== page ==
Sucrose intolerance (also referred to as congenital sucrase-isomaltase deficiency (CSID) (7)/ congenital sucrose-isomaltose malabsorption) is in most cases an autosomal recessive genetic metabolic disease where normal granulated/household sugar (sucrose) is either poorly tolerated or not tolerated at all. Sucrose is also known as saccharose, granulated sugar or its finer ground versions e.g. castor or icing sugar.
The problem here is an enzyme deficiency in the small intestine (primary type). The enzyme that is responsible for breaking down sucrose (granulated sugar) and maltose (malt sugar) is not functioning properly. It is present, but it is inactive. When it matures it loses the ground under its feet, so to speak – in other words it loses contact with the cell’s membrane - and is then excreted into the small intestine.(1) Both sugars thus cannot be absorbed and will at some point reach the large intestine where they will be decomposed, with the aid of bacteria, into carbon-dioxide and water.
The consequence of this will be symptoms such as diarrhoea, stomach ache, vomiting and a general malaise.
Sucrose-isomaltose malabsorption often only appears from the age of 6 months because this is around the time when this type of sugar is first absorbed by infants through their first solid foods.
Intestinal symptoms in children often include abdominal bloating, vomiting or explosive diarrhea. Clinical symptoms can vary from dehydration, growth failure to milder symptoms in adults.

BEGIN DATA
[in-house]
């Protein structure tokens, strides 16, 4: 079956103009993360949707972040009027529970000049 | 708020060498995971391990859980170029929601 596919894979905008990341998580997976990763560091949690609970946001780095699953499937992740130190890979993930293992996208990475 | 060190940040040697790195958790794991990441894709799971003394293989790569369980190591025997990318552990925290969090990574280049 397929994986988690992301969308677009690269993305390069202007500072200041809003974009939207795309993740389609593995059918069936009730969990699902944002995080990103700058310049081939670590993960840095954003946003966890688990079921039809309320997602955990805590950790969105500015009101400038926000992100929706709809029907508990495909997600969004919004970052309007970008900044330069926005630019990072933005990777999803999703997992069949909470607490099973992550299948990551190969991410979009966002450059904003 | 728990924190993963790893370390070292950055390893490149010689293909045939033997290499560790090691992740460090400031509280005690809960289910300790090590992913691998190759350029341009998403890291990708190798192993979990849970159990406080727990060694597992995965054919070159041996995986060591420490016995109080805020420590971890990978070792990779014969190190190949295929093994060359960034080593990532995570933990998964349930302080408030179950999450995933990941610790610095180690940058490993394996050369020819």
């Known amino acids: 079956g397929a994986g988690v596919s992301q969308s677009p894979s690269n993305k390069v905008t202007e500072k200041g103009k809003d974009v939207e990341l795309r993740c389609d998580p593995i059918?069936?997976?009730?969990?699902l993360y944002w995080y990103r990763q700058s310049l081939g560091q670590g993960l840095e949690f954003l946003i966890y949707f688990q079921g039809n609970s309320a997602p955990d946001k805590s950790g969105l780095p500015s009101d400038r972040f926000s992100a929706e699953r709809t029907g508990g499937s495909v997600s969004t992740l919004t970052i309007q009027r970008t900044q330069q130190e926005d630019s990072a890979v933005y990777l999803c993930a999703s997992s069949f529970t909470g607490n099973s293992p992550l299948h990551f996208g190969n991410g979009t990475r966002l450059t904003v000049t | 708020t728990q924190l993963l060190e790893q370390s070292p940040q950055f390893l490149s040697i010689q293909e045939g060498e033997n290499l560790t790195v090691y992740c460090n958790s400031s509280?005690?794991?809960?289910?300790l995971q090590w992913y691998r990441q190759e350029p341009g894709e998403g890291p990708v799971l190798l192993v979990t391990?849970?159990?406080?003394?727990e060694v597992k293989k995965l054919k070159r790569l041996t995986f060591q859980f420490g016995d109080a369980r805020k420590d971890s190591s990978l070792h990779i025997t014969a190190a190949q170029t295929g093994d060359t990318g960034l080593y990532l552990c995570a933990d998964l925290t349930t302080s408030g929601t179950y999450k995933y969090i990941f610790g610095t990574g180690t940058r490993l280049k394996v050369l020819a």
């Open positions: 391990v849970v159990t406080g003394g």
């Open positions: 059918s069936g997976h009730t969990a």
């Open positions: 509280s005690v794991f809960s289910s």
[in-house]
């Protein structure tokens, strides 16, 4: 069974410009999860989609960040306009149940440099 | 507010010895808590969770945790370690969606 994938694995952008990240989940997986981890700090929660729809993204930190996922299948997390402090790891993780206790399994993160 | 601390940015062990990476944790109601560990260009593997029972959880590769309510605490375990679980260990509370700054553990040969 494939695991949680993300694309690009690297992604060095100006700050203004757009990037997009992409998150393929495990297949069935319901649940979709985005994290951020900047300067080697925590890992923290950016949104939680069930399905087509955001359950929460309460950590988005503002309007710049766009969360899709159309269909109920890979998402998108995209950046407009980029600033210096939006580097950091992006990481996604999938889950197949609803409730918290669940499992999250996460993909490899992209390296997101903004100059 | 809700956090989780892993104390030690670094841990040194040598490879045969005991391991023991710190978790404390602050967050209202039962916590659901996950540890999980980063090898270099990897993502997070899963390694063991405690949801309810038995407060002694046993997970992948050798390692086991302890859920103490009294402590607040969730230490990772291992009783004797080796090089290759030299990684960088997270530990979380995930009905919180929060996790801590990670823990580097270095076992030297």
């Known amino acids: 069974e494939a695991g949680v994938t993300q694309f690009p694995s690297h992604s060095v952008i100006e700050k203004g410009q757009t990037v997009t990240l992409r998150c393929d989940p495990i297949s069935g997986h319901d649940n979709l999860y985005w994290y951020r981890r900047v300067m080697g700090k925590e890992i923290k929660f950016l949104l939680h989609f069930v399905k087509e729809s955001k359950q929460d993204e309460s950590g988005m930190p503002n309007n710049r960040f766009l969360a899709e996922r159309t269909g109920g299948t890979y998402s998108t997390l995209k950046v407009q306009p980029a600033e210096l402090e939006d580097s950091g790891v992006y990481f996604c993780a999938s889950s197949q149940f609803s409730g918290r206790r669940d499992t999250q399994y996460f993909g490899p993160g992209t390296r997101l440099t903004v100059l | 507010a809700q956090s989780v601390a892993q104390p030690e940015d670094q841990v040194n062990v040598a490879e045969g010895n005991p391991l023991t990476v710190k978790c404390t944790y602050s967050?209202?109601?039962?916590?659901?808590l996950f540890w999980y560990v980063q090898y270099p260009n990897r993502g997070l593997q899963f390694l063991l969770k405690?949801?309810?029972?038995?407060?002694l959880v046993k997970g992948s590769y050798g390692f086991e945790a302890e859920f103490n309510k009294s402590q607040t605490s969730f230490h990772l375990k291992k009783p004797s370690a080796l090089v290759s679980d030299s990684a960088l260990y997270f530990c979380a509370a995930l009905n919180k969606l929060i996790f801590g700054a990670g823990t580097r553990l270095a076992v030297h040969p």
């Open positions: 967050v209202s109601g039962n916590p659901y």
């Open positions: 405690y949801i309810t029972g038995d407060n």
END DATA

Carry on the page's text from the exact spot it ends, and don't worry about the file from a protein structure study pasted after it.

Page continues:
There is also a secondary type: in this case sucrose-isomaltose malabsorption is the result of an intestinal inflammation or other damage to the intestinal mucosa (for instance, that caused by antibiotics...). It can also appear as a consequence of coeliac disease.
Dissacharide intolerance = congenital sucrose (=saccharose)-isomaltose malabsorption = congenital sucrose intolerance = (congenital) sucrase (saccharase)-isomaltase deficiency (CSID)
In individuals of European descent, the frequency of sucrose intolerance is estimated at 0.05% to 0.2%. With 3-10% it is higher in so called circumpolar populations like the Inuit or people of Greenland. 2-5)
1) "Journal of Clinical Investigation" (Jacob et al., 106:281-287 (2000))
2) Peterson M, Herber R. Intestinal sucrase deficiency. Trans Assoc Am Physicians 1967; 80:275–283.
3) Welsh J, Poley J, Bhatia M, et al. Intestinal disaccharidase activities in relation to age, race, and mucosal damage. Gastroenterology 1978; 75:847–855.
4) Bell R, Draper H, Bergan JG. Sucrose, lactose, and glucose intolerance in northern Alaskan Eskimos. Am J Clin Nutr 1973; 26:1185–1190.
5) Ellestad-Sayad J, Haworth J, Hildes J. Disaccharide malabsorption and dietary patterns in two Canadian Eskimo communities. Am J Clin Nutr 1978; 31:1473–1478.
6) Uhrich, Stefanie; Wu, Zaining; Huang, Jie-Yu; Scott, C. Ronald; Four Mutations in the SI Gene Are Responsible for the Majority of Clinical Symptoms of CSID; Journal of Pediatric Gastroenterology & Nutrition: November 2012 - Volume 55 - Issue - p S34–S35
7) Sander P, Alfalah M, Keiser M, et al. (January 2006). "Novel mutations in the human sucrase-isomaltase (SI) gene that cause congenital carbohydrate malabsorption". Hum. Mutat. 27 (1): 119